I've thought of an approach to variance reduction that surely can't be new, but I haven't been able to find it published anywhere; I'd appreciate some leads.

Consider some sort of random variable $X$ that can be simulated using a sequence of IID random variables $U_i$ ($i \geq 1$) that are uniform in $[0,1]$. The ordinary Monte Carlo approach to learning things about the random variable $X$ is to run the process $n$ times, for some large $n$, using IID random variables $U_i^{(j)}$ ($i \geq 1$, $1 \leq j \leq n$) to obtain $n$ IID variables $X_j$ that are independent of one another and all distributed like $X$. But suppose that we let only the $U_i^{(1)}$'s be random, and we let $U_i^{(j)} = U_i^{(1)} + (j-1)\alpha_i$ (mod 1) for $2 \leq j \leq n$, for suitable choices of $\alpha_1,\alpha_2,\dots$. Then we get $n$ random variables that are each distributed like $X$ but are no longer independent; if we're lucky (and I think that we often will be), the copies of $X$ will be negatively correlated, so that $(X_1+X_2+...+X_n)/n$ will be more tightly distributed about the expected value of $X$ than it would be if we used ordinary Monte Carlo. In any case, since each $X_j$ is distributed like $X$, there's no bias in our estimate.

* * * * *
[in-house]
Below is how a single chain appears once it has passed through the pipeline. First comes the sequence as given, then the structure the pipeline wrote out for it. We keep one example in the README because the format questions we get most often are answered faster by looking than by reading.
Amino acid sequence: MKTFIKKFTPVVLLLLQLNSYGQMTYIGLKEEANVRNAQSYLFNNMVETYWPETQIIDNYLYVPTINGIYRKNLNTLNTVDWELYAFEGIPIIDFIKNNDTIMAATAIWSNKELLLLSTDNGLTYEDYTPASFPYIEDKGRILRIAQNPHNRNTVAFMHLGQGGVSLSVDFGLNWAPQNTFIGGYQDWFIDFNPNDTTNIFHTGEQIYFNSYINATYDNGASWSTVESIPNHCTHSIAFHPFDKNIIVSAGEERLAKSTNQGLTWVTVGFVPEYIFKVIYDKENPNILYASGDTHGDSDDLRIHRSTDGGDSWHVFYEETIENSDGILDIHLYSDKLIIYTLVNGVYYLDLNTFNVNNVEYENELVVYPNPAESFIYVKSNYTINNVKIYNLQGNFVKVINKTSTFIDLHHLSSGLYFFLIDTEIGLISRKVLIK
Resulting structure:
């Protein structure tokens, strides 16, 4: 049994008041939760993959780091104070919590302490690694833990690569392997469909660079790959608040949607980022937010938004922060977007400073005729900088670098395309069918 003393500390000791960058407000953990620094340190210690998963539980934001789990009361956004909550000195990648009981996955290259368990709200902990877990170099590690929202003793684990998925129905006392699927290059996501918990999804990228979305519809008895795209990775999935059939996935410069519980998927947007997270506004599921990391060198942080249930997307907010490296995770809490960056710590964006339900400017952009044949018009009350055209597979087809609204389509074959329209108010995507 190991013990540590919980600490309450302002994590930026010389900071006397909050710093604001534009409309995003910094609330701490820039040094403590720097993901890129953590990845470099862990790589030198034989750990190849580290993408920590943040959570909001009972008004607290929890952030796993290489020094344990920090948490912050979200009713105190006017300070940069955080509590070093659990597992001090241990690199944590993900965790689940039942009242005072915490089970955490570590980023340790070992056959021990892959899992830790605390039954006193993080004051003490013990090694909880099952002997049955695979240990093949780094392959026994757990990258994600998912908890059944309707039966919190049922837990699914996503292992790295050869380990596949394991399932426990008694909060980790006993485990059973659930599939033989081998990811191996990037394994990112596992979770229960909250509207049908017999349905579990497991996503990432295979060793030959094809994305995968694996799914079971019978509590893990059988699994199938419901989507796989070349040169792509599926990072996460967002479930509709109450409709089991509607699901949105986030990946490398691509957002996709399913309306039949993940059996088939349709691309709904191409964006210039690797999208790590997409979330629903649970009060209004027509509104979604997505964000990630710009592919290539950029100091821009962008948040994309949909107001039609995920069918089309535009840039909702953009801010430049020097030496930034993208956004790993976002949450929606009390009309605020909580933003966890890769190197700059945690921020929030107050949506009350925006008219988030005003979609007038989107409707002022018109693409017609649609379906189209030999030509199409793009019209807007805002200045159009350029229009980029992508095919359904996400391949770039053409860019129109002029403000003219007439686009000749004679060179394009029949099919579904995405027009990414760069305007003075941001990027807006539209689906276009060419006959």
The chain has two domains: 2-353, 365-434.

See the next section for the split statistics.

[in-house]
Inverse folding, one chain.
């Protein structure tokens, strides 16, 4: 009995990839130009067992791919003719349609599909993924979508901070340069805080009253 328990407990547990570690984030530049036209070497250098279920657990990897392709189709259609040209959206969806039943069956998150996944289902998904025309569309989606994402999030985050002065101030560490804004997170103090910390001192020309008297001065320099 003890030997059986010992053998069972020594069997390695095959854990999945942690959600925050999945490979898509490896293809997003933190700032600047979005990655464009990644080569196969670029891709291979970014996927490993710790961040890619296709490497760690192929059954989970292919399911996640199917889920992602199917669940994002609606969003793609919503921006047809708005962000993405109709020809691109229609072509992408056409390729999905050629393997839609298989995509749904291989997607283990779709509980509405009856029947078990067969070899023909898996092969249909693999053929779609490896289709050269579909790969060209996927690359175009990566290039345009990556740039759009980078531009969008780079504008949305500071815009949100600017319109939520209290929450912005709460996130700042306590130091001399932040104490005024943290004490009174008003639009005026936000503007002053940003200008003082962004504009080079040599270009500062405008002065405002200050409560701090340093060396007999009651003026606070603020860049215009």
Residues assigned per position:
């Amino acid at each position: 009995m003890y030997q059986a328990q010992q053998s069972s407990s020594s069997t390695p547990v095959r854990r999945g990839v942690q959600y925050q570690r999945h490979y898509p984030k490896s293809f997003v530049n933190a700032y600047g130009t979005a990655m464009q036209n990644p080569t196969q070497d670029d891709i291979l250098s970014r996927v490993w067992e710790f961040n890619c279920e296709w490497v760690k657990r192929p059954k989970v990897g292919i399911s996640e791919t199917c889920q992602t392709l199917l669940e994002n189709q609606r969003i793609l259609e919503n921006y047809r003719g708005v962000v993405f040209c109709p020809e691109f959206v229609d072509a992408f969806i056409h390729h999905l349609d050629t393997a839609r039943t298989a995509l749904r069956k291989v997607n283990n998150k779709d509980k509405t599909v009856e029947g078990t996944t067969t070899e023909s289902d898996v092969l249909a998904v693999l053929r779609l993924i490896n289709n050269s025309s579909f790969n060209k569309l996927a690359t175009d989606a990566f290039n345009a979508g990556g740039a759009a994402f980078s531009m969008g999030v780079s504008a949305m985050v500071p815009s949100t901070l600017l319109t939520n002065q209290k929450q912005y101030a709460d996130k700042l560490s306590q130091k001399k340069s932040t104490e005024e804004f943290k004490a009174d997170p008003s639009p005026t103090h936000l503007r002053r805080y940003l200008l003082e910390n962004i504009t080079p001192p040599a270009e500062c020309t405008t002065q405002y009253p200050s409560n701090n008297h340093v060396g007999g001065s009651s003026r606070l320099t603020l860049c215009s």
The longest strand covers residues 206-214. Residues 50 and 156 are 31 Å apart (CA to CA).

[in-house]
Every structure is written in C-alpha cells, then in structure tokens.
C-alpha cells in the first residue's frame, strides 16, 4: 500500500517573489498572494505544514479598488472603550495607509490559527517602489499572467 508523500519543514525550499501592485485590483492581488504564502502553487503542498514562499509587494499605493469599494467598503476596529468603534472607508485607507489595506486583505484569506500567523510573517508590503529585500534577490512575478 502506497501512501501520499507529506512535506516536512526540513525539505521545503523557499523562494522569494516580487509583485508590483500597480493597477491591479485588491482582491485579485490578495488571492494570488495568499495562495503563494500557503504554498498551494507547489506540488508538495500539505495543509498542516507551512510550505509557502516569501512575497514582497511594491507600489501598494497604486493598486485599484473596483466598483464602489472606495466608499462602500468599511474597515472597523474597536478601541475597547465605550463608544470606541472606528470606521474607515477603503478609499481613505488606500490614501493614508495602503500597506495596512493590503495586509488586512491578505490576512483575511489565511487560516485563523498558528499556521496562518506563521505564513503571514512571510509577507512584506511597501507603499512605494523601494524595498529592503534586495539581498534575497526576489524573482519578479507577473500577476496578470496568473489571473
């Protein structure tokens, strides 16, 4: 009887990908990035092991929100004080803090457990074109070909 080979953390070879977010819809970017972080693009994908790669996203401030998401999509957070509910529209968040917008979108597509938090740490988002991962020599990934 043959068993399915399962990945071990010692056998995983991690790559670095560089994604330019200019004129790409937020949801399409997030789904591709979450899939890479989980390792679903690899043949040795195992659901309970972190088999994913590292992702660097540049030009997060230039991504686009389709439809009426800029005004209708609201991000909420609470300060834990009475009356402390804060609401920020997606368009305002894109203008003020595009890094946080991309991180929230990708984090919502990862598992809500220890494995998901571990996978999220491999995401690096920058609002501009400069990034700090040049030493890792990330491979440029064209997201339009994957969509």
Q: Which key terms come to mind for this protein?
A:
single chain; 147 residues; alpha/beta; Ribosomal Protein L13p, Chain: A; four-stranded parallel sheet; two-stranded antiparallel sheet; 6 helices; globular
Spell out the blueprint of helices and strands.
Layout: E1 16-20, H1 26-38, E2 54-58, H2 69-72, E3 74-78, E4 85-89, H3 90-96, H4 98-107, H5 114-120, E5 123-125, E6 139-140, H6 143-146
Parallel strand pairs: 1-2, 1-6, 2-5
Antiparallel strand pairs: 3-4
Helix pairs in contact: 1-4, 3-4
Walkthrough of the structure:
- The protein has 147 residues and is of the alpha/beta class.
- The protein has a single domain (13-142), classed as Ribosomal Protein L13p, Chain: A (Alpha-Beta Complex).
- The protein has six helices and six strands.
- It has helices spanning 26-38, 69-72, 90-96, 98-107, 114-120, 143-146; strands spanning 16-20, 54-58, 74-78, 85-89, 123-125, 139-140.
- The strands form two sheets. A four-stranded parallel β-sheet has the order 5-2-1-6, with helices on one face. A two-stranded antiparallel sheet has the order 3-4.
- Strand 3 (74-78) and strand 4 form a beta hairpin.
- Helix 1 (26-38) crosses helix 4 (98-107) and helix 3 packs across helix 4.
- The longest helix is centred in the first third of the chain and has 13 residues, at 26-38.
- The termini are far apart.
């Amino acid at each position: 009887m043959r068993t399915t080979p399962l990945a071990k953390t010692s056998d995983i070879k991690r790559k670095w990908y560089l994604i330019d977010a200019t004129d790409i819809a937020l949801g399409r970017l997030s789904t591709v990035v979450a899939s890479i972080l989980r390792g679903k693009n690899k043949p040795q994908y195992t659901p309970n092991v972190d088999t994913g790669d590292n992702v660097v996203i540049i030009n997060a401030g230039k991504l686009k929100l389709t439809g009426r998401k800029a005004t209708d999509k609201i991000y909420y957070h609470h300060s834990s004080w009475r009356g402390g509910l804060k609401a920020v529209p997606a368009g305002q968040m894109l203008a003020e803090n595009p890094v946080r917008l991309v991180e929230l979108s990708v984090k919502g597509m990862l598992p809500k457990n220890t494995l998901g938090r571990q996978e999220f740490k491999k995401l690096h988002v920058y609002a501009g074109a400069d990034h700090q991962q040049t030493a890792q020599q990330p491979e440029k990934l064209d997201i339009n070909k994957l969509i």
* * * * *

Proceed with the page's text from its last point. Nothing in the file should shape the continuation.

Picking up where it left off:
(In the original version of this posting I took $\alpha_i = 1/n$ for all $i$, but that's not a good idea; it will introduce positive correlations.)

More generally one could look at measure-preserving maps of $[0,1]$ rather than just addition of $\alpha_i$ (mod 1); one has a lot of freedom in setting things up. (Note that the method of antithetic variates uses the measure-preserving map $t \mapsto 1-t$.) But the scheme described above seems quite natural.

I feel that this particular wheel must have already been invented, so I'm reluctant to spend much time looking into it on my own without finding our more about what's already been done. (Sheldon Ross said my method reminded him of stratified sampling, so "stratified simulation" seems like a natural description.)

Jim Propp